Key risks for this investment are the depreciation of the USD/MYR exchange rate. Although there is some form of natural hedge as raw materials and products are both purchased and sold in USD, other factors like labour are usually paid in their domestic currency. Management has attributed the strong performance in recent quarters due to a favourable exchange rate and lower raw material costs. That being said, we cannot expect raw material costs like nitrile which is linked to crude oil to remain low. In fact, I do not think crude oil is currently low, but it is relatively stable. However, the latex prices are very low at the moment, something which I do not foresee staying for long. Considering that raw materials makes up 25-30% of total costs, this is significant. The last key risk for this investment is the oversupply of gloves in the industry leading to pricing competition and low utilisation of plants. In fact, CIMB has released a report recently, downgrading the gloves sector as it believes the overproduction would lead to fierce competition between glove players, resulting in lower ASPs.
The risks for this investment are real. Raw material prices will not stay low for long, and it will rise again due to the cyclical nature of the commodities market. However, I think a rise in raw material costs can be partly transferred to the customers due to a pricing agreement between the manufacturers and customers. As for forex risks, I believe that the USD will continue to appreciate against the MYR as its economy recovers and because of strong fundamentals of the country. Pricing pressures will undoubtedly affect Riverstone, but I think it will be be partly muted as the company is a niche player and does not want to be engaged in the price war among the mass producers. An example of niches the company targets would be the HDD industry, the mobile industry, and premium healthcare gloves. In all these markets, the company looks at customisation for each customer as opposed to mainly mass producing.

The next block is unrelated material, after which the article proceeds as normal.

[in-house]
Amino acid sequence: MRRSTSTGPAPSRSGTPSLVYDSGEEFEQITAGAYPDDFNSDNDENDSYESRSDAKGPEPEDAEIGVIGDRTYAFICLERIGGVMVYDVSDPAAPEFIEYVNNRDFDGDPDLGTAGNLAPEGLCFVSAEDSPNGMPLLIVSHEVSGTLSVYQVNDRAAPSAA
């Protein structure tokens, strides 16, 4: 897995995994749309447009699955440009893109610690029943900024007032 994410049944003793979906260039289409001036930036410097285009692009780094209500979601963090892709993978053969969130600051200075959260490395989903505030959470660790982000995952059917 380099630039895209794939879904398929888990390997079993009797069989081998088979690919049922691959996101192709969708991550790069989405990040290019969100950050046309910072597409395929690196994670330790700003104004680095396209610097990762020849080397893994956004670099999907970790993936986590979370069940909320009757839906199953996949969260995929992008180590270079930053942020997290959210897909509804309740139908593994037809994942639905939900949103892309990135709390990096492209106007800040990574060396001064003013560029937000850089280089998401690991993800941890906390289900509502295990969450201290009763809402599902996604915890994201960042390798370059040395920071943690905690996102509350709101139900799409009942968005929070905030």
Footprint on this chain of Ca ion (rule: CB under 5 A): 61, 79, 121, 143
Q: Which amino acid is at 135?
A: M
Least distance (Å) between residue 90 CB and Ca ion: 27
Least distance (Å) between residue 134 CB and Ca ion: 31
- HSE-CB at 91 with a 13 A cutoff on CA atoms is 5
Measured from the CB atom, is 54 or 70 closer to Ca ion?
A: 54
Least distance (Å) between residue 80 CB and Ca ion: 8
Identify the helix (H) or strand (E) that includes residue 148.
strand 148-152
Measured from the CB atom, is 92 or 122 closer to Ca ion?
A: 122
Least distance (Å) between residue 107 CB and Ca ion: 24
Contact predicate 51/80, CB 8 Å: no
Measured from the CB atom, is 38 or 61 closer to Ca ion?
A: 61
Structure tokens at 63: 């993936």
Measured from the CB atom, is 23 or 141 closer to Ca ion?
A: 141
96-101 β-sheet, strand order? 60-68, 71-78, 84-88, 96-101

The company is currently expanding, and is building a plant in Taiping, Perak. Expected production is estimated to be 4.2 billion by Dec 2014. The plant is situated on a 30 acres land, while current plants only occupy 22 acres. Total cost is estimated to be around RM 400 million, in which the first two phases of RM 80 million and RM 40 million is estimated to be funded through internal resources. The next 2 phases are likely to be funded through bank borrowings. Additional production per phase of 1 billion gloves is estimated.
*Taken from 2013 Annual Report